Consider a table named
Triangle with the following structure:
The primary key for this table is
(x, y, z), each row of which represents the lengths of three line segments. Your task is to create an SQL query that can determine for each row if the three line segments can form a triangle.
Here's an example for better understanding:
In the example above, the first row cannot form a triangle because the sum of any two sides of a triangle should be greater than the third side, i.e.,
x + y > z,
x + z > y, and
y + z > x. However,
13 + 15 is not greater than
30, hence the 'No' in the 'triangle' column. In contrast, the lengths in the second row can form a triangle since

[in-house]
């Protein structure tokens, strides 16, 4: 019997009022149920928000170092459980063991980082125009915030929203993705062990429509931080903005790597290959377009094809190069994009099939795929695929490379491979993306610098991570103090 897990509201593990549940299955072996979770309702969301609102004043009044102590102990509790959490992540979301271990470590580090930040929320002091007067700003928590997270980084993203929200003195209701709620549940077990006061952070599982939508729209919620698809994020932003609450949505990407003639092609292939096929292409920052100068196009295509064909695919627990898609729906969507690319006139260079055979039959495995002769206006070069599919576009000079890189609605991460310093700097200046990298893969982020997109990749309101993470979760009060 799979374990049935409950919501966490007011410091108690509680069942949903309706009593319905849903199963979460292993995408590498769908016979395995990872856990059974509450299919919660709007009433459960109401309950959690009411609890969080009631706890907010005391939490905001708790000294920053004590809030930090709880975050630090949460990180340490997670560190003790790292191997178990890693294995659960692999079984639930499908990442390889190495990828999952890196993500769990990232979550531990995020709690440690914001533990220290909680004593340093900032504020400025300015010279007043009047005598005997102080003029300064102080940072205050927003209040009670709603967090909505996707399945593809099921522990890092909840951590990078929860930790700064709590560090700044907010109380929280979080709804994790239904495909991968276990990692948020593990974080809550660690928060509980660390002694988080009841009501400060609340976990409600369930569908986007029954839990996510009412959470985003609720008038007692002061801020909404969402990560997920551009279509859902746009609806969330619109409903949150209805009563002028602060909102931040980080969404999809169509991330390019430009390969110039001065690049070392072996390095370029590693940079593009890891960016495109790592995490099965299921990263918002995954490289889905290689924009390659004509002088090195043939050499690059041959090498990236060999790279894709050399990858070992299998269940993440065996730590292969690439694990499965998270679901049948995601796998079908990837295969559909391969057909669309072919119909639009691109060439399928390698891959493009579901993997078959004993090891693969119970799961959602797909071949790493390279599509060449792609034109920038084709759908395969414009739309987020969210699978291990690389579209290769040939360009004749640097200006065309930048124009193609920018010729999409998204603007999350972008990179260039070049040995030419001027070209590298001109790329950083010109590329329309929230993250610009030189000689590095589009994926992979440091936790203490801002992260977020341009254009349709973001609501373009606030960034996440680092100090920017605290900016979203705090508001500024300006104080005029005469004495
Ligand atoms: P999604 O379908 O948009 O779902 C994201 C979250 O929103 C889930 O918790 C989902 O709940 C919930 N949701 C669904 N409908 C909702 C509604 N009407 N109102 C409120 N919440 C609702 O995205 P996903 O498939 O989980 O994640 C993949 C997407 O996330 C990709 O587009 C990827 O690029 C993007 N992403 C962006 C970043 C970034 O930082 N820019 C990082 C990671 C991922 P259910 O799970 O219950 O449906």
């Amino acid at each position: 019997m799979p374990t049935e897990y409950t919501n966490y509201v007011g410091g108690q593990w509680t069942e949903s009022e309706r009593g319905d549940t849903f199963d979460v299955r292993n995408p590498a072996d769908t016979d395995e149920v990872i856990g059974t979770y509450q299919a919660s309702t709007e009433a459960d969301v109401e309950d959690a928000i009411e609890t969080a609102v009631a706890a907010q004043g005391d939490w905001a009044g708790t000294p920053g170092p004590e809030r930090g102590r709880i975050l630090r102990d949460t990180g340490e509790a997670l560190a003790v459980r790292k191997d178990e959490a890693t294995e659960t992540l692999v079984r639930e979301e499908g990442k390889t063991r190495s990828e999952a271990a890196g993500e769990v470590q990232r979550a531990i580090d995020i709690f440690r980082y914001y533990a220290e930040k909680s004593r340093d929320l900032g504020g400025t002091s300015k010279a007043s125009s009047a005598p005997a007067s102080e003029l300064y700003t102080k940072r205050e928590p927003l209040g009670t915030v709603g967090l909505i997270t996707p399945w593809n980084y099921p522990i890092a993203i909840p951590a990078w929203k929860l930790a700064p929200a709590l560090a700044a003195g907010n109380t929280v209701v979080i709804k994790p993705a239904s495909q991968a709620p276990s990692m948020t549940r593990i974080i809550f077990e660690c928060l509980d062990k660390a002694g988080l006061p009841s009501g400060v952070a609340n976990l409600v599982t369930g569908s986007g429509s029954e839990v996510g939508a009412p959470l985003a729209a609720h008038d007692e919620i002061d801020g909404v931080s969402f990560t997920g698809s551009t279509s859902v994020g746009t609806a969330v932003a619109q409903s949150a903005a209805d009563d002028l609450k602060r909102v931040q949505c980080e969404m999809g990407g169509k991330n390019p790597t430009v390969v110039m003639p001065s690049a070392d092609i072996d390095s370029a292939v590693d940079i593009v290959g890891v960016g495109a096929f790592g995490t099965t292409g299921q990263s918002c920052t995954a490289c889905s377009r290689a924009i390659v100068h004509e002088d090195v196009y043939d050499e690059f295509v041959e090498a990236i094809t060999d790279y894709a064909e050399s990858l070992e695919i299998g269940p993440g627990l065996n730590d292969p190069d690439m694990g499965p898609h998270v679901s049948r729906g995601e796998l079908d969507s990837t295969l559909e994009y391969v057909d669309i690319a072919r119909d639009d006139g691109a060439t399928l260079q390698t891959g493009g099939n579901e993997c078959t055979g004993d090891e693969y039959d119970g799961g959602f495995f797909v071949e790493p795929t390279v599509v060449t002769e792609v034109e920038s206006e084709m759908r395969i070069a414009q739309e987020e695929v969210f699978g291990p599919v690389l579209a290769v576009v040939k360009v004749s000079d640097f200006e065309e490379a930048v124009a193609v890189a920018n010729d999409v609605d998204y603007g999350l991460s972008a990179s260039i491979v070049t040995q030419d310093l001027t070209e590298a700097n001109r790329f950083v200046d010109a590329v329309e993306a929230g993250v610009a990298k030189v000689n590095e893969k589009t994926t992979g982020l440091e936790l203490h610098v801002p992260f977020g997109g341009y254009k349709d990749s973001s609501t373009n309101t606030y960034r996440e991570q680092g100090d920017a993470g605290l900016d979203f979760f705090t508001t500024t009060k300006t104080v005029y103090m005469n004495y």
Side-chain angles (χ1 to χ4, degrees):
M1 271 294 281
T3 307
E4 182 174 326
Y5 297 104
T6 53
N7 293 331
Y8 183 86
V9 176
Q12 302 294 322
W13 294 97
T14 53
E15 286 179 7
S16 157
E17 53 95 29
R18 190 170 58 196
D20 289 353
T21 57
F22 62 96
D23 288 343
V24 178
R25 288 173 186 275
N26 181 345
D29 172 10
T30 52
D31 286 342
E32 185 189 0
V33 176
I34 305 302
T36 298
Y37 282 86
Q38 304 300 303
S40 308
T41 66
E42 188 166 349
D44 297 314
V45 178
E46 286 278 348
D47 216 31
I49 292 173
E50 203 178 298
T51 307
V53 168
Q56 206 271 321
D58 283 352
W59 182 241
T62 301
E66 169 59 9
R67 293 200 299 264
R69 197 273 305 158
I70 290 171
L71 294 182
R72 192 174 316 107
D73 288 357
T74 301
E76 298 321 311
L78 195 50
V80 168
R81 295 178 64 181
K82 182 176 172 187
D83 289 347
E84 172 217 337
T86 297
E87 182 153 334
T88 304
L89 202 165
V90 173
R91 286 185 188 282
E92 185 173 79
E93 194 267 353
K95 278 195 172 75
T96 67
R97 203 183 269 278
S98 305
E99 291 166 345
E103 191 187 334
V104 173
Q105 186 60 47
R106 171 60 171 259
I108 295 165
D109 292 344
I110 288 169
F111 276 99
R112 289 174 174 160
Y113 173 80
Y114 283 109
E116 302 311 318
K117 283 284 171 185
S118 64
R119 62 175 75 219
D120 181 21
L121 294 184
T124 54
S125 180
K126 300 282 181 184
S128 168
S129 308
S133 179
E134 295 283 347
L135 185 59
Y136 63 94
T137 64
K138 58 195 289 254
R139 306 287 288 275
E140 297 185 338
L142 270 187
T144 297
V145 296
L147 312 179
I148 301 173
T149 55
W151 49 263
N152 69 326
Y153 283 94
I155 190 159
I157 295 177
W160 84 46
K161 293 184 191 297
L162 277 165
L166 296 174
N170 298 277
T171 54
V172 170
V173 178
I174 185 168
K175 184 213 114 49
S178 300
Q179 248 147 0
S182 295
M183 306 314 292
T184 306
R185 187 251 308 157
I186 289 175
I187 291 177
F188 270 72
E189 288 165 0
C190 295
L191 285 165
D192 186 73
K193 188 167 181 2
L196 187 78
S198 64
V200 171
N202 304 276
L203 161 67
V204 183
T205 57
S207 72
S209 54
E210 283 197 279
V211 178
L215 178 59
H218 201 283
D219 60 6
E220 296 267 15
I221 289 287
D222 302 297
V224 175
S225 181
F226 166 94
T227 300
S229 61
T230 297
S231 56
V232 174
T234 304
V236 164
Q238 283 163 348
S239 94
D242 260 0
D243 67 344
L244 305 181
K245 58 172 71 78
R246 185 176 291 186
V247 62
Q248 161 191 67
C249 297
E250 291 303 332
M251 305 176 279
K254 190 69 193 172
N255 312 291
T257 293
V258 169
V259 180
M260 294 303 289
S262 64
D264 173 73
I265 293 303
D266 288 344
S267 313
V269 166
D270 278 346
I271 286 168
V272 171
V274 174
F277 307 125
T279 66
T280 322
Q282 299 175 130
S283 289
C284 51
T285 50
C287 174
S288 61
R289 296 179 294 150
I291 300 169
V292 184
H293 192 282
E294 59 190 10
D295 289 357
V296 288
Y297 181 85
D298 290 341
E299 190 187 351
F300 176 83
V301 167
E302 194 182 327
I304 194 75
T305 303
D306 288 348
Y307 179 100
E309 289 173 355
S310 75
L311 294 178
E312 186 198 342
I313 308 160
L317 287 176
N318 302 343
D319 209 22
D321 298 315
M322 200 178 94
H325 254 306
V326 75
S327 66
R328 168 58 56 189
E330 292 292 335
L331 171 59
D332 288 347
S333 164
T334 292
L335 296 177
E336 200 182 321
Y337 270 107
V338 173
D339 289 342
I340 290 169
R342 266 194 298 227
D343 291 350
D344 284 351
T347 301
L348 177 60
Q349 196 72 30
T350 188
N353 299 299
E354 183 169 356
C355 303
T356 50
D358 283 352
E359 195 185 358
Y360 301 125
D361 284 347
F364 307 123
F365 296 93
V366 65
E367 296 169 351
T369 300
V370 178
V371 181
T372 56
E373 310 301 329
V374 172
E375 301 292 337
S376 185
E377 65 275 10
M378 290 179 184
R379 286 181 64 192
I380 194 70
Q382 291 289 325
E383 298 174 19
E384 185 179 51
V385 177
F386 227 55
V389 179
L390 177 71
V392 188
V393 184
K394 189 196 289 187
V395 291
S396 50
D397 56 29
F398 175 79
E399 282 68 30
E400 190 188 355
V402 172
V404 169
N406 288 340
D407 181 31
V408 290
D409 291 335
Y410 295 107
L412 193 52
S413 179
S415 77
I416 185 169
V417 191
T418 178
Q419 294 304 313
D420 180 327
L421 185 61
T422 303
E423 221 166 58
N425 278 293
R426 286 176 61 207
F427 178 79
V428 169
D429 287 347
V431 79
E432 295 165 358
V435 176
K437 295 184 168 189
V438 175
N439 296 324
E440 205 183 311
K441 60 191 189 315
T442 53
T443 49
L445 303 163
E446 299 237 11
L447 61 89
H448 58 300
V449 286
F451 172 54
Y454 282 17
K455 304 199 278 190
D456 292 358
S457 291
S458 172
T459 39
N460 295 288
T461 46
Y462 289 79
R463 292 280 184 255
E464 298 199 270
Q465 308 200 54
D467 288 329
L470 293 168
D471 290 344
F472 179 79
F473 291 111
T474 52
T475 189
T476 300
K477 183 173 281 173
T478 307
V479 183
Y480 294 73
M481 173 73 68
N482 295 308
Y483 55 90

10 + 20 > 15,
10 + 15 > 20, and
20 + 15 > 10.
Here's a simple yet effective SQL query that leverages the concept of conditional logic (
CASE...WHEN...THEN...ELSE) to determine if three lengths can form a triangle:
SELECT x, y, z, CASE WHEN x + y > z AND x + z > y AND y + z > x THEN 'Yes' ELSE 'No' END AS 'triangle' FROM Triangle
This query will output 'Yes' if the lengths can form a triangle, and 'No' otherwise. The beauty of this query lies in its simplicity and directness. It directly applies the triangle inequality theorem, which states that the sum of the lengths of any two sides of a triangle is greater than the length of the remaining side.
Interestingly, the same query had different execution times on two different submissions:
- First submission: runtime 624ms, beating 18.82% of other SQL submissions.
- Second submission: runtime 396ms, beating 83.20% of other SQL submissions.
This difference can be attributed to several factors including server load and performance at the time of query execution.
You can find the original problem at LeetCode.
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